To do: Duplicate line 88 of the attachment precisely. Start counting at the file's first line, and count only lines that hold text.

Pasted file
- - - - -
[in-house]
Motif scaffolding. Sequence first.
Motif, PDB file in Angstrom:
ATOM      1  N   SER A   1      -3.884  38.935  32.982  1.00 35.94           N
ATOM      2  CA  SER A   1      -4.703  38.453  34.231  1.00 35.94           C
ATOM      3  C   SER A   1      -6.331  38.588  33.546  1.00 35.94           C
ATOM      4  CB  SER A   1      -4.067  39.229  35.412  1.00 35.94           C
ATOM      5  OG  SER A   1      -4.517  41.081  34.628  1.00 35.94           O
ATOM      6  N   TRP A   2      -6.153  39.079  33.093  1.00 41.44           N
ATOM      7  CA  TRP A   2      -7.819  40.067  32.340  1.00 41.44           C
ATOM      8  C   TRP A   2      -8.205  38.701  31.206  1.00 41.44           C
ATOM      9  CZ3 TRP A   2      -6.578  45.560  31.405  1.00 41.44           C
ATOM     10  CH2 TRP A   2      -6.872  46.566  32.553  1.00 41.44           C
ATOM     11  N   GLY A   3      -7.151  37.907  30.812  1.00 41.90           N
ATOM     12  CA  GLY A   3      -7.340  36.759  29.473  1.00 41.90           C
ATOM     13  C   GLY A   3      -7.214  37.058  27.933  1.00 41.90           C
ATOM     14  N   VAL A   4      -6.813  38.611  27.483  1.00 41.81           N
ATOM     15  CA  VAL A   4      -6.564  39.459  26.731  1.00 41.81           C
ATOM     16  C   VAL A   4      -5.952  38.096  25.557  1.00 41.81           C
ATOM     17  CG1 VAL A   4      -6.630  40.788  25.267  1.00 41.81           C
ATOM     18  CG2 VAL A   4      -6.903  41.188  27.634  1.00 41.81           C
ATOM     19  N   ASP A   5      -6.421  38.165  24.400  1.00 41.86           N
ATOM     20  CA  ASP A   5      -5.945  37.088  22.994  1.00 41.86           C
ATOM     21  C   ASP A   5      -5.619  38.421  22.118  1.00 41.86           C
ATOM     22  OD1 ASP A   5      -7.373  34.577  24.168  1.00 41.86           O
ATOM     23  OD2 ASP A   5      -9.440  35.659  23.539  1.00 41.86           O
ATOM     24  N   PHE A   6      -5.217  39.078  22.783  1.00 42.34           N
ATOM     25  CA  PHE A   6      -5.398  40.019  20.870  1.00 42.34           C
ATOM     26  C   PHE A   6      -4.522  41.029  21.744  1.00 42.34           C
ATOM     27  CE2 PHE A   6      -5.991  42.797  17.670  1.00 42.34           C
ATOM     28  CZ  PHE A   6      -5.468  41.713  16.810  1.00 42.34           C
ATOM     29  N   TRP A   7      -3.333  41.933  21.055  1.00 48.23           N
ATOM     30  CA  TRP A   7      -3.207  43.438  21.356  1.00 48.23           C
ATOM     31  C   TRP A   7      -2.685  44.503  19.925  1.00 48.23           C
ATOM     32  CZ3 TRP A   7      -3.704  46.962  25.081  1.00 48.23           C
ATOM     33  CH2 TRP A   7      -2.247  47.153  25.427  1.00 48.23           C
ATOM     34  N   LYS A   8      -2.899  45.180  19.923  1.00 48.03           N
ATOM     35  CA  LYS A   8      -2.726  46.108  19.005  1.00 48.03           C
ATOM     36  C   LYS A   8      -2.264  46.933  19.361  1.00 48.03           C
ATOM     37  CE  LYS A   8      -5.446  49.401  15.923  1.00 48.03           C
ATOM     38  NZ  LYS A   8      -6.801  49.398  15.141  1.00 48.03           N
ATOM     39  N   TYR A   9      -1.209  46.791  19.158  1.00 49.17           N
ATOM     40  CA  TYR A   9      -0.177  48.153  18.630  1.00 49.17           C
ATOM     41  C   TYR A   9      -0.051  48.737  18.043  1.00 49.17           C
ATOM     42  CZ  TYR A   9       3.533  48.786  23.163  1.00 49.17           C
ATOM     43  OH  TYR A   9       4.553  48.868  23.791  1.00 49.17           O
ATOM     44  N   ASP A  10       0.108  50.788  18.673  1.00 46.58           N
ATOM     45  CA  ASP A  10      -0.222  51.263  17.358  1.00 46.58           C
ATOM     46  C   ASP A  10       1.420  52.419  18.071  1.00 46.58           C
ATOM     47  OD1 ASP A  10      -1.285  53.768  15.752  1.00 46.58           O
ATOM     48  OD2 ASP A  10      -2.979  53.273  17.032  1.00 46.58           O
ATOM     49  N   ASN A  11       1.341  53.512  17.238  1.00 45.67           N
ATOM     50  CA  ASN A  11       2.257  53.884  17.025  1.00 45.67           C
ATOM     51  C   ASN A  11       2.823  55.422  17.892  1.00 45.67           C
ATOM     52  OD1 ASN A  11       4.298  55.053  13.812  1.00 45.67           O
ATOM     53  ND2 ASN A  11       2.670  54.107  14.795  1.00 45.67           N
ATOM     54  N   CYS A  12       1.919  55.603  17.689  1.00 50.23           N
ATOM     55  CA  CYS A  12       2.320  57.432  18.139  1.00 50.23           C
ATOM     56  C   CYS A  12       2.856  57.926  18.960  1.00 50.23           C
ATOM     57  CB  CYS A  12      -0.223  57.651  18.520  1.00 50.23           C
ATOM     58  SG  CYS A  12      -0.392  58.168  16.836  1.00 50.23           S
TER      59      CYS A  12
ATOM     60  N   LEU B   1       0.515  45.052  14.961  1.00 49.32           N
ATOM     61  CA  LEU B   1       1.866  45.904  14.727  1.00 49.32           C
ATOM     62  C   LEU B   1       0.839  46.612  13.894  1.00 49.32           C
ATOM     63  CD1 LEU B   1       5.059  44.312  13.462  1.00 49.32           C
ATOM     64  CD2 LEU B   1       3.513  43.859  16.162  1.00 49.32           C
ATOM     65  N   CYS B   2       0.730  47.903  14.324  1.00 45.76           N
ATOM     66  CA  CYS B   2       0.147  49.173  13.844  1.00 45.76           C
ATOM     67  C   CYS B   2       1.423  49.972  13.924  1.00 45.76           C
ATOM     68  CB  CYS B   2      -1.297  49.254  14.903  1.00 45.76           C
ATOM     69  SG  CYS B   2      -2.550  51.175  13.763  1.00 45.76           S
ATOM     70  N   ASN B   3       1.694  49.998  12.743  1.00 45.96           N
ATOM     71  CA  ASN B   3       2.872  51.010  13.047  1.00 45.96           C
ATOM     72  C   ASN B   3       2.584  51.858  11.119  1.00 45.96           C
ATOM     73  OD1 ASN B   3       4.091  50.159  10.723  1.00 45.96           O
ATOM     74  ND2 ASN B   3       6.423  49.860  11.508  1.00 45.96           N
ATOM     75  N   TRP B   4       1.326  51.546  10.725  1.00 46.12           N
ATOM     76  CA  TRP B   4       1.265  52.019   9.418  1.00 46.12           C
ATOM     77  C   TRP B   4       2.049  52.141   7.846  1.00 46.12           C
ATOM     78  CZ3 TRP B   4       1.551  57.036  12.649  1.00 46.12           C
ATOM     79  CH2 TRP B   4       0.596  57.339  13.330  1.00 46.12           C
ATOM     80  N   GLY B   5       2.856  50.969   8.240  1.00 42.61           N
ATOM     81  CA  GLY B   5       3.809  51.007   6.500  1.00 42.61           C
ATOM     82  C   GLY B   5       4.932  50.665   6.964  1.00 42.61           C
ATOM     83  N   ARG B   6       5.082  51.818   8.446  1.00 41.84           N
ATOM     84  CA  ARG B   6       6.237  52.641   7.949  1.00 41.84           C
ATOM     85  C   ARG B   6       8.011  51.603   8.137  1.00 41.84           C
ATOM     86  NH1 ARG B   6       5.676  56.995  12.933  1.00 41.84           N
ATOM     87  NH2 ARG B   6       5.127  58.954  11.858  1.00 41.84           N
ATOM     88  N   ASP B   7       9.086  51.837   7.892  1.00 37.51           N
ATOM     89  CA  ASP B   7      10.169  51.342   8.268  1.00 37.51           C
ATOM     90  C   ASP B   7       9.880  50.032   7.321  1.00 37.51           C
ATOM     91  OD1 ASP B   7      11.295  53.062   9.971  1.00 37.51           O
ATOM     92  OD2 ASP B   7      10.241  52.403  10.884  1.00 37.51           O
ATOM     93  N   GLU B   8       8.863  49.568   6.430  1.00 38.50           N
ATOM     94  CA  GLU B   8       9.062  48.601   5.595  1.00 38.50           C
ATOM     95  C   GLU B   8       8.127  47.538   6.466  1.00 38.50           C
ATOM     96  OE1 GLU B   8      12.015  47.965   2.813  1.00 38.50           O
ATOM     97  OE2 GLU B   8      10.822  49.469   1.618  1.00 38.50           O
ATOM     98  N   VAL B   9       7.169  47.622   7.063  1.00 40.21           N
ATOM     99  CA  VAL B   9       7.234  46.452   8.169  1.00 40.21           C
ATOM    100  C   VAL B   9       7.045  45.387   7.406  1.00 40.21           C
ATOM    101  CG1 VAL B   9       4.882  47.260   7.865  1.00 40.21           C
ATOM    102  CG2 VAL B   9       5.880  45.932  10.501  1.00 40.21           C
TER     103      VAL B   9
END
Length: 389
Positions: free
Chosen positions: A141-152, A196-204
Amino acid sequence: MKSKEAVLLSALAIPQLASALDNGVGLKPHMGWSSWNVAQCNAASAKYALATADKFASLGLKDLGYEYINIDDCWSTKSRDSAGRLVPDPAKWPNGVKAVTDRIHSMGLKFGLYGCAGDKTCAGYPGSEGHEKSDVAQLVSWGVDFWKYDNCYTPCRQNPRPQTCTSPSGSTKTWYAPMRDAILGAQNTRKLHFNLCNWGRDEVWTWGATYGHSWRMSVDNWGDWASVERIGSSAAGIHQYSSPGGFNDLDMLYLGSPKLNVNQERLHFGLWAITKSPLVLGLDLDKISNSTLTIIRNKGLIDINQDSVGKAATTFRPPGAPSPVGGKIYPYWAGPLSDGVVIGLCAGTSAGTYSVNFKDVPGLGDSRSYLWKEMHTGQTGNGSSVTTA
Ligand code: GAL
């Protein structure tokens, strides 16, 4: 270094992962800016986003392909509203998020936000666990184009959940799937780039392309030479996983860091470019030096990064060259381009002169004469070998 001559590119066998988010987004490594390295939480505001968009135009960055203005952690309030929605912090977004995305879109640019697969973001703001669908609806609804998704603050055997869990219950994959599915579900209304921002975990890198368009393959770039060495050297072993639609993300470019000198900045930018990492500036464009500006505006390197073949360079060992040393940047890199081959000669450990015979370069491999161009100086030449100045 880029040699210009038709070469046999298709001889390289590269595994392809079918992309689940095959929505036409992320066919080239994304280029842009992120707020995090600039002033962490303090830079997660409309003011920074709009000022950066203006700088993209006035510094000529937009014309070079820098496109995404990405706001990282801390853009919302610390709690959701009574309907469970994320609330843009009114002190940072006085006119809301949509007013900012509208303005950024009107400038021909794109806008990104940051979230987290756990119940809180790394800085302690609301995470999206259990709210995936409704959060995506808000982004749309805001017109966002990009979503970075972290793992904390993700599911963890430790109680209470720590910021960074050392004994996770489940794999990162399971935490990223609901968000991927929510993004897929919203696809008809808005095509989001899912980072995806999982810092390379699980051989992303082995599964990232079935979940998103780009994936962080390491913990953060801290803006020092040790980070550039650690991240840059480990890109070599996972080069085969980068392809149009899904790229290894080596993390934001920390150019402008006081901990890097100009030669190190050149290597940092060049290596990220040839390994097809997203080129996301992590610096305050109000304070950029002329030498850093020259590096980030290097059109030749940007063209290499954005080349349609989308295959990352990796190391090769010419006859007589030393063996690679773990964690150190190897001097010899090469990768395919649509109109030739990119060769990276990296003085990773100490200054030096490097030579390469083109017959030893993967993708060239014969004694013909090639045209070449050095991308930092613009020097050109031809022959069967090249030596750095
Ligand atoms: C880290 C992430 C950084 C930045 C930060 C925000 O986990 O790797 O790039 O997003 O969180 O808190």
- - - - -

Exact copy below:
ATOM     85  C   ARG B   6       8.011  51.603   8.137  1.00 41.84           C